This is a very relevant issue, because the CPU and GPU built into your laptop were chosen to work well together. When you are in control of the GPU choice, it’s pretty important to pick one that will perform at its best with the CPU in question.

This is why external GPU solutions work well with ultrabook-class notebooks, because they tend to have very powerful CPUs, even if paired with onboard GPU solutions for power and space saving reasons. Pairing these notebooks with a very powerful GPU will provide a very satisfactory experience.

If you’re laptop is packing lower-end CPU hardware, then save your money and pair it with a mid-range GPU. Still much faster than integrated graphics, but without performance wastage.

Display Support

Obviously you can connect whatever external display the GPU you choose supports. Some enclosures add their own connections as well. You do not, however, need to use an external display.

Although it comes at a performance cost, you can pipe the graphics from your external GPU back to your built-in laptop display. Depending on the specifics of your hardware, that performance knock can be significant and optimal solution is to use an external display.

Power, Dimensions and Cooling

As mentioned above, these external enclosures are self-contained systems that provide power and cooling to the GPU you choose to install in them. Of course, with the exception of integrated enclosures that can’t be modified.

Just like desktops, all enclosures are not created equal. There will be specific card dimensions supported by each product. Likewise, the maximum power draw will also be laid out in the spec sheets. This means that if you have a specific enclosure in mind, you need to make sure that the GPU fits and that the enclosure provides enough juice to keep that card running smoothly.

Ironically, this is a larger issue with older GPUs. Cards created using older production processes tend to be more power hungry. Yet they’re an attractive choice for external GPU use. After all, you may have an old GPU card laying around or can pick up last year’s performance cards for a bargain. Defraying the cost of the enclosure itself.

Modular VS Integrated External GPUs

As mentioned above, you get two main designs for external GPU enclosures. The type that’s received the most coverage are those where you can stick any GPU that will fit and not overload the power supply.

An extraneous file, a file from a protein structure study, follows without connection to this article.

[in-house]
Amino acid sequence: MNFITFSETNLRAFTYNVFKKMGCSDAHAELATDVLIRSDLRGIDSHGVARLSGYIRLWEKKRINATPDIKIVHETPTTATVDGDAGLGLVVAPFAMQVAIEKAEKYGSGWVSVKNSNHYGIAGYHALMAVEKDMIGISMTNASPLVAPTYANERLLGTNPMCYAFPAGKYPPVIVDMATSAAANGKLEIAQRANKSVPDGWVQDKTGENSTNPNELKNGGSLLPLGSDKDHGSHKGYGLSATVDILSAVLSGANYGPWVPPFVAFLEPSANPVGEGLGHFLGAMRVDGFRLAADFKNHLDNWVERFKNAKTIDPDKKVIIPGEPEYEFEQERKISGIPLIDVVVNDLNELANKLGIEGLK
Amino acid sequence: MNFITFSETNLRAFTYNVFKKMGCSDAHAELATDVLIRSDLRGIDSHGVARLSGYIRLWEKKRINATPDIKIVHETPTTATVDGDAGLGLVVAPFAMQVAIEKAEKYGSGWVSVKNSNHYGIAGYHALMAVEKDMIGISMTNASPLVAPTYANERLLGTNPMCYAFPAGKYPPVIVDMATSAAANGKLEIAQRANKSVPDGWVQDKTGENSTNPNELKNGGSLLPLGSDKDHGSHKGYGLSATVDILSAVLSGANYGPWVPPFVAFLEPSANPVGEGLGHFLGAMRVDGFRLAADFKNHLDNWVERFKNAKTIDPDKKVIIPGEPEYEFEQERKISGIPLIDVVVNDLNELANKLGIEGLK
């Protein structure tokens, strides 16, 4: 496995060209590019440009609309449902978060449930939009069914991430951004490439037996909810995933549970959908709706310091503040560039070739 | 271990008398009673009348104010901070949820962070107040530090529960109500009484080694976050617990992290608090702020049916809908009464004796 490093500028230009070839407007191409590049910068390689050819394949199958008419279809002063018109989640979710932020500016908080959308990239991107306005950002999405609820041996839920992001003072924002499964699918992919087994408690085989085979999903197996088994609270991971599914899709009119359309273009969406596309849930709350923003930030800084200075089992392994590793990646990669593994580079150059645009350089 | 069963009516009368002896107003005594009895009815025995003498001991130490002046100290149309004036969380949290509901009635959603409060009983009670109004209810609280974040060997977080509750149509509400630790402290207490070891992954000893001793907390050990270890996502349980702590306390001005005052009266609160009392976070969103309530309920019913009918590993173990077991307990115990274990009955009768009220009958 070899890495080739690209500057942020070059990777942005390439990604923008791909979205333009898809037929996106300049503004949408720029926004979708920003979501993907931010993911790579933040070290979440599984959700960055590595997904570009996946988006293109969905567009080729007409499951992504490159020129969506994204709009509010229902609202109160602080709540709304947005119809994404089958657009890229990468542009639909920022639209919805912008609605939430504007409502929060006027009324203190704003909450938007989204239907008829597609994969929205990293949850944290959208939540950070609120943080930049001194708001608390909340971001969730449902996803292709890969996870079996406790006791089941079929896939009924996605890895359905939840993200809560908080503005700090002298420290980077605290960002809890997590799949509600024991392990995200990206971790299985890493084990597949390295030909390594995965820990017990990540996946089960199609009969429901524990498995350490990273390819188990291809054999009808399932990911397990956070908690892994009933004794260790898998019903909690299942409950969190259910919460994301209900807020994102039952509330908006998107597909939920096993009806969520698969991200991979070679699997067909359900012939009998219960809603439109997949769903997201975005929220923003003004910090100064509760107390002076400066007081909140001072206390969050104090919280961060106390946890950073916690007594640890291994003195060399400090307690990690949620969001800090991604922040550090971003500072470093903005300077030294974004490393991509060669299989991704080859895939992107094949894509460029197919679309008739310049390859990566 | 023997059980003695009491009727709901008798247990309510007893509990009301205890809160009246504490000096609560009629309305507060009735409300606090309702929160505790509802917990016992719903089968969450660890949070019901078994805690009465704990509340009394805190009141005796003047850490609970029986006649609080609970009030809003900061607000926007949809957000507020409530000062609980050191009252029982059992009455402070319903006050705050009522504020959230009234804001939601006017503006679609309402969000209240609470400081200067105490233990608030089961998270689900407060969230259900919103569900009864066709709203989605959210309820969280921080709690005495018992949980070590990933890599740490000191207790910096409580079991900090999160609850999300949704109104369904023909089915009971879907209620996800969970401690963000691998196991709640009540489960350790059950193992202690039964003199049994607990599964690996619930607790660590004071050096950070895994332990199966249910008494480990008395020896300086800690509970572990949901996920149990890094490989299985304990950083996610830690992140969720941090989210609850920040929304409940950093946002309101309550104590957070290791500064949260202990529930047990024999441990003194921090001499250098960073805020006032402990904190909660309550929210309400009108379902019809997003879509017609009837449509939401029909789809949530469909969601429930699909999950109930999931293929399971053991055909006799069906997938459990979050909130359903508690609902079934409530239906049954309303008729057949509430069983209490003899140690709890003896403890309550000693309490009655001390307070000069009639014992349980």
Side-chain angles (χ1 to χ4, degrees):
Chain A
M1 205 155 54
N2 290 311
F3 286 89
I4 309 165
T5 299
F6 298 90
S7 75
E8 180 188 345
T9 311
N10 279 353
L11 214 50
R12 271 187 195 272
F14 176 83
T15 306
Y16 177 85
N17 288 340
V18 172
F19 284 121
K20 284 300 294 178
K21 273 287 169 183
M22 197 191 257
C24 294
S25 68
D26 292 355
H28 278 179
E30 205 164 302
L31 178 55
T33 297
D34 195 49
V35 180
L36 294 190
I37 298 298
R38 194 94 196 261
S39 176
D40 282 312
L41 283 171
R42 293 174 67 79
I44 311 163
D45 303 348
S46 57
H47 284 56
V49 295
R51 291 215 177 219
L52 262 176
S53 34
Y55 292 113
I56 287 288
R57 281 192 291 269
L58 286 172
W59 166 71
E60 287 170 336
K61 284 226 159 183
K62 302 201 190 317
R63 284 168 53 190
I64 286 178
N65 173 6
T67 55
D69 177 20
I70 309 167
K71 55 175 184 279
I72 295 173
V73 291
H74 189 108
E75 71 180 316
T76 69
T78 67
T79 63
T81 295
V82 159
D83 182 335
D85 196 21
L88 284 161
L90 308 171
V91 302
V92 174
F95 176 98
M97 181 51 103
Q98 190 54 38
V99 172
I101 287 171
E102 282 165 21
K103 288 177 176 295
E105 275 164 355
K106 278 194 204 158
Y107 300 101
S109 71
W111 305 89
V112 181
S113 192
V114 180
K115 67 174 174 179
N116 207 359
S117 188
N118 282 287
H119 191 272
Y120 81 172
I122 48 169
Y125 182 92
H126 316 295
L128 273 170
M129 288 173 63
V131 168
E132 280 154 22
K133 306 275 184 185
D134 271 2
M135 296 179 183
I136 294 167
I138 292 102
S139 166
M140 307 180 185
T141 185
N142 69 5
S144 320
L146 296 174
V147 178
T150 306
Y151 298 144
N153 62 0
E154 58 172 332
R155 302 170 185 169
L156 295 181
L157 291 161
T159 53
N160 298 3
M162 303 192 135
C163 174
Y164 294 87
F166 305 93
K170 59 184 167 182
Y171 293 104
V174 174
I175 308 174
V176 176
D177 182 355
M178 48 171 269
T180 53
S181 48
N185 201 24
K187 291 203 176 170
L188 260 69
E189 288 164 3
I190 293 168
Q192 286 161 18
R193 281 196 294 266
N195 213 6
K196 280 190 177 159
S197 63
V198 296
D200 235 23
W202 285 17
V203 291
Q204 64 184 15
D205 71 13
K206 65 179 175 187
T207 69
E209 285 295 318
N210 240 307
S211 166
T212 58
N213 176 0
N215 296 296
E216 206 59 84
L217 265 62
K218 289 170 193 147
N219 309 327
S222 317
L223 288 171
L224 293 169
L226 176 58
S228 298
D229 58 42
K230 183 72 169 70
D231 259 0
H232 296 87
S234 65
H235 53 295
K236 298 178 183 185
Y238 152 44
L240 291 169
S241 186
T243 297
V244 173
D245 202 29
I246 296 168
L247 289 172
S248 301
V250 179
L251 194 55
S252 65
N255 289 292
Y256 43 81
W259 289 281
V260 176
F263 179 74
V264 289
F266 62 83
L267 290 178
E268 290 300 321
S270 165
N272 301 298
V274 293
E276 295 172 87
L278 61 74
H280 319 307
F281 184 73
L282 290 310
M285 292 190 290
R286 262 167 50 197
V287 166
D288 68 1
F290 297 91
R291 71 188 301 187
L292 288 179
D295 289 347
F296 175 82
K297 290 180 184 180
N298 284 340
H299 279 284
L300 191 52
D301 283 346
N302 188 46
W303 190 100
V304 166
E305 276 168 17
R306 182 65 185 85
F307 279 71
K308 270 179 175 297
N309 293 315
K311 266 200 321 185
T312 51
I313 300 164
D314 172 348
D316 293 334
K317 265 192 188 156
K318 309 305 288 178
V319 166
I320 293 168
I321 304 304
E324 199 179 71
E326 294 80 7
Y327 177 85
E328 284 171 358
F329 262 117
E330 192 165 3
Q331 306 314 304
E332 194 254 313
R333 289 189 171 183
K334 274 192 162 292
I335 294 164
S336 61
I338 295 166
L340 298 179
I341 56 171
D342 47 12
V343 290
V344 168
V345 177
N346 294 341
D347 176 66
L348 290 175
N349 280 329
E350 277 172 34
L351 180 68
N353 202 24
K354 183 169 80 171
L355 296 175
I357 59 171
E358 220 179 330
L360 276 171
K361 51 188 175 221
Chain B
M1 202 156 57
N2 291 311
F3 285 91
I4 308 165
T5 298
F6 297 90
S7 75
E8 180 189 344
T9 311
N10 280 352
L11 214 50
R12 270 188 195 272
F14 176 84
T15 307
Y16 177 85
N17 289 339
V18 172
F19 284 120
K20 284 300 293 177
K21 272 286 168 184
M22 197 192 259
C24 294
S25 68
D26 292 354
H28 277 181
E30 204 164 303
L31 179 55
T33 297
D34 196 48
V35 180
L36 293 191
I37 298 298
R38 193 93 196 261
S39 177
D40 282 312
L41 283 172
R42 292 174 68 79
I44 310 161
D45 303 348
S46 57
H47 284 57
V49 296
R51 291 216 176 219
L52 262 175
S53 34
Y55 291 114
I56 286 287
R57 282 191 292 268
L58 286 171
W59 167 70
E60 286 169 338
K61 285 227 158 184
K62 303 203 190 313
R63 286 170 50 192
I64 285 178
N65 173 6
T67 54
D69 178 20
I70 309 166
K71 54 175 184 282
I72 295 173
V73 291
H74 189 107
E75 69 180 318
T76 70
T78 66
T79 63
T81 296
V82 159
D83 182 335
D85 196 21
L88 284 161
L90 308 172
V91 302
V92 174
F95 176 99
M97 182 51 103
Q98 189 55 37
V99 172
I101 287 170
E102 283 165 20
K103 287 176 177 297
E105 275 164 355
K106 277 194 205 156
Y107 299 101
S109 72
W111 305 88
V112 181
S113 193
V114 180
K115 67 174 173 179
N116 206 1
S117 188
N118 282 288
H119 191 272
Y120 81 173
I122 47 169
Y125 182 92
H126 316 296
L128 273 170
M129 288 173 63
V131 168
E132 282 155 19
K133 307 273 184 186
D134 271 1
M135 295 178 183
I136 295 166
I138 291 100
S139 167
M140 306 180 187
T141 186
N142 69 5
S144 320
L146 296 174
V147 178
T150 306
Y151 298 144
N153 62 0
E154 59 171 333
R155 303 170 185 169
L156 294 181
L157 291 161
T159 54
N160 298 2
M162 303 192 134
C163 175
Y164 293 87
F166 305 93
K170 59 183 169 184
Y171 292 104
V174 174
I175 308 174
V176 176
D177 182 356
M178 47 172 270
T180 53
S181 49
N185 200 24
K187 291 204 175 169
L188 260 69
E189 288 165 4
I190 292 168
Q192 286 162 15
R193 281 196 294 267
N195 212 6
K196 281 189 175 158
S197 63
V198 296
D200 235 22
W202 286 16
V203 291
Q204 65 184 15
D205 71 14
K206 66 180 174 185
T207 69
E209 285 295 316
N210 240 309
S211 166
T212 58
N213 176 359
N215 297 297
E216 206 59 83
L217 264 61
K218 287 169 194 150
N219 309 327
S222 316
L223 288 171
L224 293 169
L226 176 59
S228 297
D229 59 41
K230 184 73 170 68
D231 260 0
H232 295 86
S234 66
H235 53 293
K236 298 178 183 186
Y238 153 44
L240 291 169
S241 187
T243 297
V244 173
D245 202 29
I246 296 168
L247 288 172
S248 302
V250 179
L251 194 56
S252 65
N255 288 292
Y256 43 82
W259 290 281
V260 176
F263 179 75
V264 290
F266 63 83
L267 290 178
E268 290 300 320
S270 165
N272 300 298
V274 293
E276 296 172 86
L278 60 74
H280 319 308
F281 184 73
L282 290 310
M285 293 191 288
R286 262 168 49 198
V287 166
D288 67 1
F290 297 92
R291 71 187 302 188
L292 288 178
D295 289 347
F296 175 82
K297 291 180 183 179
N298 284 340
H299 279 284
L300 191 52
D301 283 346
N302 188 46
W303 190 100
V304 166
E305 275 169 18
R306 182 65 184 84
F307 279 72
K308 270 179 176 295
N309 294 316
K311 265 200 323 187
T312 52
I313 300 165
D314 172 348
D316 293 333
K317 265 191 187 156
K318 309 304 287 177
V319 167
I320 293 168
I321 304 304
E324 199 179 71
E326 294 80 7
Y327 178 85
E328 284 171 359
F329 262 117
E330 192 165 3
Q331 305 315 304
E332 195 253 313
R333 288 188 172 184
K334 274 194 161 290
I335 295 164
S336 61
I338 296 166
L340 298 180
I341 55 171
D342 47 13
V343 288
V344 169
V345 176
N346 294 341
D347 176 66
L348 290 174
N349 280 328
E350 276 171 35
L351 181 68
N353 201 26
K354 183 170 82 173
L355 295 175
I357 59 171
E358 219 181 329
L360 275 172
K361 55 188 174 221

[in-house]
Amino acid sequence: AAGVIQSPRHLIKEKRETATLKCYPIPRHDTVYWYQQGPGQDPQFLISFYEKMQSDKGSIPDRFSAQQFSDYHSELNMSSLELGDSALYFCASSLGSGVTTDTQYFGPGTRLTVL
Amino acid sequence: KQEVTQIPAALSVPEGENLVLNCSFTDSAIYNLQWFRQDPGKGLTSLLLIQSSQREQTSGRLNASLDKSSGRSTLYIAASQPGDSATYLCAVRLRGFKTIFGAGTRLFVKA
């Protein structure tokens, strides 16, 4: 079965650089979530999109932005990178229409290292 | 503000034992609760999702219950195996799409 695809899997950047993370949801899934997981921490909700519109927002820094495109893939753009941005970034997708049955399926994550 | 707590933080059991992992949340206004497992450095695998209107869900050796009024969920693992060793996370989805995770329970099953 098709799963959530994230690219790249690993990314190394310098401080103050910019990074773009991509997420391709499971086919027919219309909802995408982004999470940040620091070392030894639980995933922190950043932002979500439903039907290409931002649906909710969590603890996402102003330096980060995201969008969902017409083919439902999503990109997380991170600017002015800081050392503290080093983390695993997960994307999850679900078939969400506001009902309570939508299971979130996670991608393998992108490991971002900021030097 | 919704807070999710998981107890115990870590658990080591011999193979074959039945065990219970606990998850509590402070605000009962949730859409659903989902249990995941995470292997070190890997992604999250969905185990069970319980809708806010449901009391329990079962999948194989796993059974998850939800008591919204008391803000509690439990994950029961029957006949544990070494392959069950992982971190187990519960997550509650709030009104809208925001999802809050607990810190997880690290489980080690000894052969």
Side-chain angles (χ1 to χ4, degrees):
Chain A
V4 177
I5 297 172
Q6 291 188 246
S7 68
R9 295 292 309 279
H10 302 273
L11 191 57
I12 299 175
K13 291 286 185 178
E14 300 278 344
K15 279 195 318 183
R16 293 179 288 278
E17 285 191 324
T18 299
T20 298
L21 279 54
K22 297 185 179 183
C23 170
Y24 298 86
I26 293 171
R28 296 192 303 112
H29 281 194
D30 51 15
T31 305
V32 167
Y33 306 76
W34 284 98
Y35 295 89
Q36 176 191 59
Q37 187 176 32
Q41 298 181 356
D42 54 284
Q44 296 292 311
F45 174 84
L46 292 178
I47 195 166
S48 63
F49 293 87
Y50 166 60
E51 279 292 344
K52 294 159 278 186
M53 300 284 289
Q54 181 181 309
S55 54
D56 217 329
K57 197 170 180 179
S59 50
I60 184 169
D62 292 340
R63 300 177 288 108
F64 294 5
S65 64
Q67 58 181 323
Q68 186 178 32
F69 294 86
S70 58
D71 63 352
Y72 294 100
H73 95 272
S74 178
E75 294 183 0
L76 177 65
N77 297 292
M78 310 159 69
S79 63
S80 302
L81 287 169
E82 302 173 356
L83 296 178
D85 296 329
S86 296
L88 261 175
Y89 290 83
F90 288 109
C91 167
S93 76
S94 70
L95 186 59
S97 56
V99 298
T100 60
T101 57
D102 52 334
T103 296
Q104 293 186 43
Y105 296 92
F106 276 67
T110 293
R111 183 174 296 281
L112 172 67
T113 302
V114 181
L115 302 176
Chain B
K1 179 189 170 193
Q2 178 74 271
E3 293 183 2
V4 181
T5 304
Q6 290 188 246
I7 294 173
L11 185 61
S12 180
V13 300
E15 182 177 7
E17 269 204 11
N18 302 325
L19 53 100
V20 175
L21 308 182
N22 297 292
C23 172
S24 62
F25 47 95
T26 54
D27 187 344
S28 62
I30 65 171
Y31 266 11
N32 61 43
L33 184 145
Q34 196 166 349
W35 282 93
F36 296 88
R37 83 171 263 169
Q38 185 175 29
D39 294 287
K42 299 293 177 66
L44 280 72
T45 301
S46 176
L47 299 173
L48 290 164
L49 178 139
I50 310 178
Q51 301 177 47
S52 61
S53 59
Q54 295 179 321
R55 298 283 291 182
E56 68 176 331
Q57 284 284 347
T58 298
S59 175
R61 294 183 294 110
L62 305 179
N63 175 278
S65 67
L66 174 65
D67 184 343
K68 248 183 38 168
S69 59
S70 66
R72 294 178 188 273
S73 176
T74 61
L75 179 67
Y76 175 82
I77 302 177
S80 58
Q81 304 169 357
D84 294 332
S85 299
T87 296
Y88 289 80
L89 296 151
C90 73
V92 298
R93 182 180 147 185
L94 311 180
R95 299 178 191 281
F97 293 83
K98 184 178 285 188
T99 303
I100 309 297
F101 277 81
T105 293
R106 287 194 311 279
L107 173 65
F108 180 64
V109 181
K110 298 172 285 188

The main disadvantage of this is that they aren’t particularly portable. Nothing stops you from taking the external enclosure along, but it’s not going to be an easy task. Integrated external GPUs, while not mobile, are much more portable.

You can easily put them into your laptop bag so that you can use them when main power is available. Take this graphics dock from Lenovo as an example. It contains a GTX 1050, but is small and thin enough to take with you.

There’s a third variant here as well, somewhat halfway. You can buy bulkier external enclosures that come with a more powerful card built in. These are not as portable, but they tend to be less expensive than the bring-your-own-card options.

Proprietary Connections

While almost every example of external GPU enclosure works using Thunderbolt 3 over USB-C, there are a small number of exceptions. Notable, the Alienware Graphics Amplifier uses a connector that’s unique only to specific Alienware laptops.

This is not a problem in general, but consumers should be aware that compatibility should be double- and triple- checked before committing money to external GPU technology.

Docking Station Features

Many external GPU enclosures offer more features than just a better GPU. They can double as docking stations, allowing you to permanently attach a monitor, speakers, keyboard, mouse and USB storage. Some have internal drive bays for hard drives as well.

If your laptop and enclosure both support it, the Thunderbolt connection can even power and charge your laptop, making it possible to have a single connection be the only thing between you and being ready to roll with a full-on desktop setup.

DIY Solutions

eGPU enclosures are an elegant, plug-and-play solution to boosting laptop graphics. However, you can save on their relatively high price by crafting your own solution. While it’s certainly not for everyone and doesn’t match the polish of a commercial product, you can cobble together all the needed parts yourself.

It’s relatively simply to import a Thunderbolt card dock.This is essentially just the PCIe slot itself with a small stand. You have to connect your own power supply and the card itself will just be out in the open. The upside is that if you already have an old card and PSU laying around, it’s a very cheap way to make use of them with along with a compatible laptop.

Welcome to the eGPU Revolution!

With newer, faster versions of technologies like Thunderbolt 3 on the way, the future off eGPU technology looks bright. It allows us to extend the lifespan of our mobile computers, share powerful GPUs among multiple users and overcome some of the performance limitations inherent to the laptop form factor. Given how much the cost of eGPU enclosures have already dropped, their popularity is likely to go nowhere but up from here.